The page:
I never considered myself a Photography PRO, a mere enthusiast at most. And yet at this juncture in Digital Photography I find a critical flaw in the softwares' functionaity. While taking some images my camera date and time was misrepresented. I thought that should not be a cause of concern as I was not putting my date-time stamp on the pictures anyway. Little did I realise that the information is either ways stored in the picture header itself. This is called Exchangeable image file format or EXIF information.This information provides Extensive information like make of the camera, the aperture time, nature of flash, focal length, exposure time, date, time, ISO Speed Ratings and so on.
(The metadata tags defined in the Exif standard cover a broad spectrum including:
Date and time information. Digital cameras will record the current date and time and save this in the metadata.
Camera settings. This includes static information such as the camera model and make, and information that varies with each image such as orientation, aperture, shutter speed, focal length, metering mode, and film speed information.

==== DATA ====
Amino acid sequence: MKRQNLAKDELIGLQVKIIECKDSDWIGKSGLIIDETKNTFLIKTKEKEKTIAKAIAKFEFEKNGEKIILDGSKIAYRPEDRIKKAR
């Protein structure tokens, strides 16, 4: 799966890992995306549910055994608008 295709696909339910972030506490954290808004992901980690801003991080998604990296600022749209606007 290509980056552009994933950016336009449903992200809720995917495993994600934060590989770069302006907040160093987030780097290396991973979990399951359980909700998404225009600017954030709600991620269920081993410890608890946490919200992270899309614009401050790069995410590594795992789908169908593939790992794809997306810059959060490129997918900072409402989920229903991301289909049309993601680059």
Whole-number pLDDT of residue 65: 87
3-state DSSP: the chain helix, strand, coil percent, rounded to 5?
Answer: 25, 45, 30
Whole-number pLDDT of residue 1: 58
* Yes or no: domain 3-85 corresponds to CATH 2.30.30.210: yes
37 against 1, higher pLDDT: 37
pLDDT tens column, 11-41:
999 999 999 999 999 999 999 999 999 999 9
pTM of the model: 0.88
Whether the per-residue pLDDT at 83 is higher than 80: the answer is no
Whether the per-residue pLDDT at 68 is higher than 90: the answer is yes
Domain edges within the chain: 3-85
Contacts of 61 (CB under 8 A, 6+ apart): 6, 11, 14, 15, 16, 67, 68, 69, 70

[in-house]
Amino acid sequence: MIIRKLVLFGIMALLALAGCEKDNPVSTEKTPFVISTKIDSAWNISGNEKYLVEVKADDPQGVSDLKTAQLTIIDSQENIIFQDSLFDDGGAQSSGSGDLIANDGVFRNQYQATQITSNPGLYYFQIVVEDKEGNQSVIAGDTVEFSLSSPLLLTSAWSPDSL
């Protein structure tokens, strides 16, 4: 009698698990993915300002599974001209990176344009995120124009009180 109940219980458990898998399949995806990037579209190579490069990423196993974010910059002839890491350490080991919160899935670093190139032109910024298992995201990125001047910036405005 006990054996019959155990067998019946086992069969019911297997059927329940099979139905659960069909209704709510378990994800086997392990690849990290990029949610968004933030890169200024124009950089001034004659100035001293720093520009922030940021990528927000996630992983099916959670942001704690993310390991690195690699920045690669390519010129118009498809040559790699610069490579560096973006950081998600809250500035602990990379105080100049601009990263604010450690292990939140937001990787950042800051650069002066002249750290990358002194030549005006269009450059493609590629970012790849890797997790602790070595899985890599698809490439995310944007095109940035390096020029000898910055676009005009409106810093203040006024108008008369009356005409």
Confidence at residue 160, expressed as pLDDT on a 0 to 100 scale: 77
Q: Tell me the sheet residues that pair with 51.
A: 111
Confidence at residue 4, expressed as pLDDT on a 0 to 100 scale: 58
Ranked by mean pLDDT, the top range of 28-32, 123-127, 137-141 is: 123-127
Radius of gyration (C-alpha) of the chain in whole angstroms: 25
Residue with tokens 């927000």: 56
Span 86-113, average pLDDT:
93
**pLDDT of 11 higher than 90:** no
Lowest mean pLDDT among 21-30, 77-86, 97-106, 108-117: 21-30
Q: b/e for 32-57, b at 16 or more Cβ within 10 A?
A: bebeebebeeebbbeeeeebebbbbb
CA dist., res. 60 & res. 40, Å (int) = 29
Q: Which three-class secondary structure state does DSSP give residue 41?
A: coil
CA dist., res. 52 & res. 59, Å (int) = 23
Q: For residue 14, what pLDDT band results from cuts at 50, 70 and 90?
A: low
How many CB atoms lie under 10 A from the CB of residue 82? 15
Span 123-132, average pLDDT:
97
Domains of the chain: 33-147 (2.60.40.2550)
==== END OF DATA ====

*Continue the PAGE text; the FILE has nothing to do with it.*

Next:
Location information, which could come from a GPS receiver connected to the camera. As of 2004 only a few cameras support this, though. Some people therefore use a normal receiver to track their movements, and then post-process the images by matching the timestamps in the images with the log from the receiver and can so add the missing information to images.
Descriptions and copyright information. Again this is something which is most often done when post-processing the images, as only high-end camera models let the user choose a text for these fields.)
So just in case the information is incorrect in this 'header' the images appear chrnologically disoriented in an image organizer like PICASA.
What was lacking in the market, was free software that could edit this information in batches so that any error while taking the images could be rectified. A Definite WINDOW of OPPORTUNITY for wannabe entrepreneurs. I am attaching such an image with incorrect EXIF information. To see the Exif Information :
In Windows XP, Exif information may be viewed by right clicking on an image file and clicking properties; from the properties dialog click the Summary tab.
On Mac OS X 10.4 and above, this information may be viewed in the Finder by doing Get Info on a file and expanding the More Info section.
Check it out for yourself to see how much 'hidden information' can your photos carry !! :D
(For International Press Telecommunications Council or IPTC information Check here )